From a sigh to praise, read aloud hymns from yesterday

When my mind needs to be renewed, with a good theme. I open up before my eyes, very old hymns published in 1845. Hope, finds it’s place again, my countenance changes, and my heart becomes light.

Who wants a song of sighs anyway? We need God to change our melodies. Tell me, if you agree, these words written long ago, spoken aloud, or sung, have power to change our sighs into praise. They bring to the Psalm a powerful paraphrase.

(There’s an interesting note, in Psalms, Hymns, Spiritual Songs, of the Rev. Isaac Watts, D.D. 1845. It has included  a letter in front of the hymn’s stanzas for some “Direction for Expression.” For example, P means Slow and soft, and E for simply soft. The letter G means to produce a reading Slow and loud.

(p 1  directs for a slow and soft reading), My God, how many are my fears? How fast my foes increase!—Conspiring my eternal death, They break my present peace.

eThe lying tempter would persuade, There’s no relief in heaven; And all my swelling sins appear too big to be forgiven.

—3 But thou, my glory and my strength, Shalt on the tempter tread; Shalt silence all my threatening guilt, And raise my drooping head. 

e 4 I cried, and from his holy hill He bowed a listening ear; I called my Father and my God; And he subdued my fear. (1)

We have in this present day, similar feelings of fear and dread, but the unchanging God is the same always, “bowing a listening ear.” How comforting to know the God we love, cares.

Let the words of Psalm 3 ring well in our hearts. In this dark world of sadness, God gives us His word to express the great struggles.

Lord, how they have increased who trouble me!
Many are they who rise up against me.
 Many are they who say of me,
“There is no help for him in God.” Selah (2)

 Amplified inserts: “pause, and think of that.”

5He shed soft slumbers on mine eyes, In spite of all my foes; I ‘woke and wondered at the grace, That guarded my repose.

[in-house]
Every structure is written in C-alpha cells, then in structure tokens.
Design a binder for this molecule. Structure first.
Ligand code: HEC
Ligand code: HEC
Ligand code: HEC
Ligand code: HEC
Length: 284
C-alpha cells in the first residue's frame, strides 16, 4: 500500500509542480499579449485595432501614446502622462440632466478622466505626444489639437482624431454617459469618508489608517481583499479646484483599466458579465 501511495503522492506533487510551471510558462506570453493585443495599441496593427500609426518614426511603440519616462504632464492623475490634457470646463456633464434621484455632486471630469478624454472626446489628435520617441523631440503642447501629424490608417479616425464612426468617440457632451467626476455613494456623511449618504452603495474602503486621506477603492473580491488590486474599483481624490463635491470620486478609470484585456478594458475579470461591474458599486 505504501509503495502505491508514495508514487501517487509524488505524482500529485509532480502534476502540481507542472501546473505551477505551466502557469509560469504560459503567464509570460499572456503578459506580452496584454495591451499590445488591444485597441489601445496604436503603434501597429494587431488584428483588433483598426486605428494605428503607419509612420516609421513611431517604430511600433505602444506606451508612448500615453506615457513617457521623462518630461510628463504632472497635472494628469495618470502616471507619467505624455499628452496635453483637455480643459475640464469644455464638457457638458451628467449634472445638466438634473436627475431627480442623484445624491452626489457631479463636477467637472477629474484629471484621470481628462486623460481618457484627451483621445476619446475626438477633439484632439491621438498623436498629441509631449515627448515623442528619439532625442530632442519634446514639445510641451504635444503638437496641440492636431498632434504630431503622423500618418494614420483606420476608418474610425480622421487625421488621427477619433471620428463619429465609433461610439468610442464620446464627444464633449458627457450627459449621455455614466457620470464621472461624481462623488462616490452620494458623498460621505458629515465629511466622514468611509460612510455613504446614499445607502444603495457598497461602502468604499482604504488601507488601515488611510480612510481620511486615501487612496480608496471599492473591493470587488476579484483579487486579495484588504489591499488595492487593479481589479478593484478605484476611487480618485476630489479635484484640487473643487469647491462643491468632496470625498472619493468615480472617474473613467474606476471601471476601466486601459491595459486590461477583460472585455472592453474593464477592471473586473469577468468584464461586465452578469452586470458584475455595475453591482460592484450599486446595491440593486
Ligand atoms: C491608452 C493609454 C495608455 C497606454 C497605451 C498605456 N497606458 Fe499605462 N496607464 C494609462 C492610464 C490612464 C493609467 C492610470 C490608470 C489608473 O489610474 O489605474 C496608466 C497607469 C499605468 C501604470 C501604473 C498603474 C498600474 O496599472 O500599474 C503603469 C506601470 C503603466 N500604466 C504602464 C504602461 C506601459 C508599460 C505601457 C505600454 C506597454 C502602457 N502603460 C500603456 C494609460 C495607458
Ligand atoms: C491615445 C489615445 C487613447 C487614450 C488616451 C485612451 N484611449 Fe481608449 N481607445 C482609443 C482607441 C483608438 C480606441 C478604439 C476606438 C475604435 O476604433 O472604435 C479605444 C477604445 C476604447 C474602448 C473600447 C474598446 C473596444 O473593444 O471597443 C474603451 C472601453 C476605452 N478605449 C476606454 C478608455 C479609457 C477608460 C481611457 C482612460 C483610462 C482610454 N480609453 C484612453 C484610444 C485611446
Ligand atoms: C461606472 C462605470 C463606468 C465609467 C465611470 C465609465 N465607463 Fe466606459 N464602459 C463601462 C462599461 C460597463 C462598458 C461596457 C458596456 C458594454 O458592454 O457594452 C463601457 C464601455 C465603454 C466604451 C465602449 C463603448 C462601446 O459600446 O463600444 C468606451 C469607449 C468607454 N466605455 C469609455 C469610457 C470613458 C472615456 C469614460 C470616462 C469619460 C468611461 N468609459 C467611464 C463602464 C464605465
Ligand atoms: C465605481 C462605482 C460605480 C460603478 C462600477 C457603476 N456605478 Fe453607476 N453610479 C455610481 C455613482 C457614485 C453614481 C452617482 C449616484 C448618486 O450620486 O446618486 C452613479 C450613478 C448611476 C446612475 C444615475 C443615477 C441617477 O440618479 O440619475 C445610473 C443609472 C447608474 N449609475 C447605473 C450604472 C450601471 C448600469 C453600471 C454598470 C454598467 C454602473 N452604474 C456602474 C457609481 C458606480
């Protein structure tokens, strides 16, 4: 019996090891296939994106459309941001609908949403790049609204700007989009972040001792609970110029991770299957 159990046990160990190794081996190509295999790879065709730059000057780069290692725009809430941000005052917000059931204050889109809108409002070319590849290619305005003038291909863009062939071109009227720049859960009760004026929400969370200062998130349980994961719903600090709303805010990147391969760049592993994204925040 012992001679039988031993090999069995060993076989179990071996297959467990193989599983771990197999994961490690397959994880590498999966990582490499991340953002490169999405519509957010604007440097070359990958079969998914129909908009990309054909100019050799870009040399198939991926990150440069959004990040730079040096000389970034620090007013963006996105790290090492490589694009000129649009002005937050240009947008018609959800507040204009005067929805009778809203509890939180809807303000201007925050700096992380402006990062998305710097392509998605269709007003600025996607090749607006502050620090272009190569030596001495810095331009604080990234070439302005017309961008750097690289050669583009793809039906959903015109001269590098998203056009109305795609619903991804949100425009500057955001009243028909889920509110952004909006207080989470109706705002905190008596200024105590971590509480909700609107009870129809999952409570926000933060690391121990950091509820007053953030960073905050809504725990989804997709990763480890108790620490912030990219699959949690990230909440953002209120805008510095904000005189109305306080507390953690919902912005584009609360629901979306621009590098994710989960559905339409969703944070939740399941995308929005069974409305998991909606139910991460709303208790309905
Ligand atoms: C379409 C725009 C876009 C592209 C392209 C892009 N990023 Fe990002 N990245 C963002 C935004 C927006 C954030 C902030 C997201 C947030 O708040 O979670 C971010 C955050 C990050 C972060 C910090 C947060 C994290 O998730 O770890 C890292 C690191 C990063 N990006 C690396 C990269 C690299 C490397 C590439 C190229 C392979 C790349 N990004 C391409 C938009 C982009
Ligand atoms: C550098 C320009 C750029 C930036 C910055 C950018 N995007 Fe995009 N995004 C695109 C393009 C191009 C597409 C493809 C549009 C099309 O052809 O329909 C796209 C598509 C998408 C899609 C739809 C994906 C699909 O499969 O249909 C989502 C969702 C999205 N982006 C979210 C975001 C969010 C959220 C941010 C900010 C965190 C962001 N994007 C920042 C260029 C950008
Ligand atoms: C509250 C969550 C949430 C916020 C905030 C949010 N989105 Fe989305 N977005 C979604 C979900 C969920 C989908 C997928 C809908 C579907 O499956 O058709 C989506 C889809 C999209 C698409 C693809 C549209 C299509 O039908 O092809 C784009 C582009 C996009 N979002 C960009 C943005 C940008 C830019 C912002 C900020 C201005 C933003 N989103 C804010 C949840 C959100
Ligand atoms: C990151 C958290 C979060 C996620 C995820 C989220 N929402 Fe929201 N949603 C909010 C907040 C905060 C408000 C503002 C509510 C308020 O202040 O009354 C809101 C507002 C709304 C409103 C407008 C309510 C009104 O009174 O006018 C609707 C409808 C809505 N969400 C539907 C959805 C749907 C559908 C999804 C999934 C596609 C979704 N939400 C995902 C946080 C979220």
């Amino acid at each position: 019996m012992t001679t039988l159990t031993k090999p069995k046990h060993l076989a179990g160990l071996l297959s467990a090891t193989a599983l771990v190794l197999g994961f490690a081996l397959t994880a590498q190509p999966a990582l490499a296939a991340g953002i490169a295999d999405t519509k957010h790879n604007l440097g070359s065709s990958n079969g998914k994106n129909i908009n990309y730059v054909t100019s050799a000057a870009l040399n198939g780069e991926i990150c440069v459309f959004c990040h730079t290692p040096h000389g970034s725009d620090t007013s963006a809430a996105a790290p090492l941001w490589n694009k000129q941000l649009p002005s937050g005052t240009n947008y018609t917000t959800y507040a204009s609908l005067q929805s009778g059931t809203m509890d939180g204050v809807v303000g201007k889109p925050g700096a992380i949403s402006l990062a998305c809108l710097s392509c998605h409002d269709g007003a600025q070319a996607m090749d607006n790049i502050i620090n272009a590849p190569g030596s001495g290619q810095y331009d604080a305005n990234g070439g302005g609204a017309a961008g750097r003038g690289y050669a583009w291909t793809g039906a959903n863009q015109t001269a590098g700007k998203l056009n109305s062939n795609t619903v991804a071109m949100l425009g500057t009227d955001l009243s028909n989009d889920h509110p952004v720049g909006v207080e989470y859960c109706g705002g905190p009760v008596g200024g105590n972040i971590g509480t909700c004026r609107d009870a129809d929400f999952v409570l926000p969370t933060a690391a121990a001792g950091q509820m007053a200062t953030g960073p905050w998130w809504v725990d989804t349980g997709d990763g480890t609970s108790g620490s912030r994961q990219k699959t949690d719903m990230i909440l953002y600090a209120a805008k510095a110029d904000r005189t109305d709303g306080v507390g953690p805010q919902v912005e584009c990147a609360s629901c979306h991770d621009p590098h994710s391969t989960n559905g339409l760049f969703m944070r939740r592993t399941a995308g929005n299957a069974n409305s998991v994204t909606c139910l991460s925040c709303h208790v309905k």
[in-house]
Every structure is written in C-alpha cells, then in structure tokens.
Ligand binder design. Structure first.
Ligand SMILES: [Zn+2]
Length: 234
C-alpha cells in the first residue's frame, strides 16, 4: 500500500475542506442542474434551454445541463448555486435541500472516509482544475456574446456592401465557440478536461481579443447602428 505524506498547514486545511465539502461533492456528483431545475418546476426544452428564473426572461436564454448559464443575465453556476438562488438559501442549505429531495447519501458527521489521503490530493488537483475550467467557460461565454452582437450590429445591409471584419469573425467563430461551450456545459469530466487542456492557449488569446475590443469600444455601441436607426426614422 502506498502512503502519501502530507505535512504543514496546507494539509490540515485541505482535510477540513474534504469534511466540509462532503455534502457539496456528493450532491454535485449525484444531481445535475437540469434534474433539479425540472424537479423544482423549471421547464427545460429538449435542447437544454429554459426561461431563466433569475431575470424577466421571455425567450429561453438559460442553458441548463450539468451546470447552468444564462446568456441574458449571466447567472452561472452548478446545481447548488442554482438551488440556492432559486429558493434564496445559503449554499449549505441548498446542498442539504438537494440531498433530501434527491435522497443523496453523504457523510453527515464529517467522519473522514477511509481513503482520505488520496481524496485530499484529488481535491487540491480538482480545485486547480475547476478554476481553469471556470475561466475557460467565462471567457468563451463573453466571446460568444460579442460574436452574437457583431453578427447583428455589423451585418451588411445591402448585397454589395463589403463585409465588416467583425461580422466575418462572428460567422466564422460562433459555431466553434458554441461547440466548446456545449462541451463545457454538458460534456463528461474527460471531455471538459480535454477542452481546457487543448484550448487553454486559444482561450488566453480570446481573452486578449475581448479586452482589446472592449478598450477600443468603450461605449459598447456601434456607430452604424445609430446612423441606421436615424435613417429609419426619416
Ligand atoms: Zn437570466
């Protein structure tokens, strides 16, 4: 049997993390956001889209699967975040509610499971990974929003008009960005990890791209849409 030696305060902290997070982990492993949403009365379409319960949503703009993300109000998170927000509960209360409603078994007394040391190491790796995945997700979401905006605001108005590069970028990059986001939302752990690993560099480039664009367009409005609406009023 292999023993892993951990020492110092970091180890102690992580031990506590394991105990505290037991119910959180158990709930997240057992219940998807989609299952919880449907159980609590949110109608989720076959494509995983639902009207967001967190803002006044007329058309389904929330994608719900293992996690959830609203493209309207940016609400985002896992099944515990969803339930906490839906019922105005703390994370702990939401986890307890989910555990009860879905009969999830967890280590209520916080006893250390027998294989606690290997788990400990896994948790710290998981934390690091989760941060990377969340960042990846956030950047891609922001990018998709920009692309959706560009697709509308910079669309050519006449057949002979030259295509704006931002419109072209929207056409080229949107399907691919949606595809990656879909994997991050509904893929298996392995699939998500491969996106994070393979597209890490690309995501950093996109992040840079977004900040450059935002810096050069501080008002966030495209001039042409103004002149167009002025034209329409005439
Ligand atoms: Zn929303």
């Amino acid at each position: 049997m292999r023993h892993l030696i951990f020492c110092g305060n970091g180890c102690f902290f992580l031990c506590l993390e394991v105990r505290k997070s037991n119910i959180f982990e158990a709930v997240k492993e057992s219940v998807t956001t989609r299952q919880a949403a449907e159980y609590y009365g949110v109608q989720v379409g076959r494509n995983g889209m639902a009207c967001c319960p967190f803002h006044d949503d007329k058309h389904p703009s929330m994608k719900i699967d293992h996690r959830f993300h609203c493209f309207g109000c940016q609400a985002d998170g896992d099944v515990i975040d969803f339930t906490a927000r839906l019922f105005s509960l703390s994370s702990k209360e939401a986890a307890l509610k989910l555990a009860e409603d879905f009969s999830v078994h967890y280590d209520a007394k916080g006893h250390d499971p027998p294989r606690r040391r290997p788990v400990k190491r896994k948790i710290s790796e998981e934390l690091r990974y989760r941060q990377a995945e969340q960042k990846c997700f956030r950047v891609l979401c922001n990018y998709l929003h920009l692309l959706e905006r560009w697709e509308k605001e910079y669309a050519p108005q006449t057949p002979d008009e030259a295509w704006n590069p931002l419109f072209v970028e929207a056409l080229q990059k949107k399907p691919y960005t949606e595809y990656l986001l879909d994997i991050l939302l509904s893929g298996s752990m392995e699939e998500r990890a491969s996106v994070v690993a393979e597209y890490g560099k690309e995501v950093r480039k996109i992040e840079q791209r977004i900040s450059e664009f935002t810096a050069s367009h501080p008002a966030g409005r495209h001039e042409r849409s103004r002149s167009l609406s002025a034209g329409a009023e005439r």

g 6( to be read slow and loud),  What though the host of death and hell, All armed, against me stood; Terrors no more shall shake my soul; My refuge is my God.

Speak it, believe it. Faith helps us to face it all. Psalm 3 will end our devotion with a victor’s call:

But You, O Lord, are a shield for me,
My glory and the One who lifts up my head.
 I cried to the Lord with my voice,
And He heard me from His holy hill. Selah

“Pause, and think of that!”

(1) C.M. Canterbury of Psalm 3, in Psalms, Hymns, Spiritual Songs, of the Rev. Isaac Watts, D.D. 1845.

(2) Psalm 3, NKJV.



What’s our comment? What can we say? When we take time to think on that day

The soldiers led Jesus into the hall, the Praetorium by name. And they called together a band—of mockers and scorners of ridicule and hate.

It’s as if it were staged. The one’s who chose not to believe, shouted with rage.

Oh, that those who believe on His name, would have double the passion to sing aloud their praise.

They clothed him with purple and laid a crown of thorns on His head. The one who it was said, “Behold, the Lamb of God who takes away the world’s sins, He sits alone. Misunderstood. With a bleeding head.

He was saluted, “Hail King of the Jews,” as they mocked him on their knees. He was hit, and spat at and whipped with a reed.

Is this what we think of when we read, “Remember Me.”

They took off the purple and put on the plain, then led him out to be crucified. They compelled a foreigner to carry the cross through.

On that note, believer, think it not strange when passing through this foreign land, that we be compelled, to carry a cross too.

But, oh, we do. Oh, yes, we do.

The one’s who chose not to believe, laughed and scorned Him, and brought  horror and shame. Shall we take a minute as we take our next breath, to adore Him and thank Him for enduring such pain.

Jesus was brought to the place, Golgotha. The Place of the Skull was and is it’s reputation. They offered him “wine mingled with myrr” but he refused—He endured to the utmost, the crucifixion.

He was numbered with the transgressors. He was crucified with two thieves. His guiltless name was written with a list of men with wrong-doings.

Yes, this was prophesied hundreds of years before, that this would be.

He bore ridicule from passers-by. He bore mocking from Religious heads. He bore the shouts, “Save, yourself. Come down from the cross.”

What is meekness? What is patience? Let Jesus be our teacher when we find ourselves at a loss!

And “when the sixth hour had come there was darkness over the land.” Noon until three, darkness surrounded. Does God have wisdom and power above what we do and don’t understand?

What were the hearts of men doing then? Some had fear, others—faith. For those who choose faith, let’s bow our heads together, taking time to thank Him for His loving grace.

There’s more to His Story. This is from Mark 15. On the ninth hour, 3:00 in the afternoon, Jesus shouted, “Eloi, Eloi, lama Sabachthani.

My God, My God, why have You forsaken Me?”

And He shouted, and we learn from another Gospel the words, “It is finished.” Jesus died on that tree.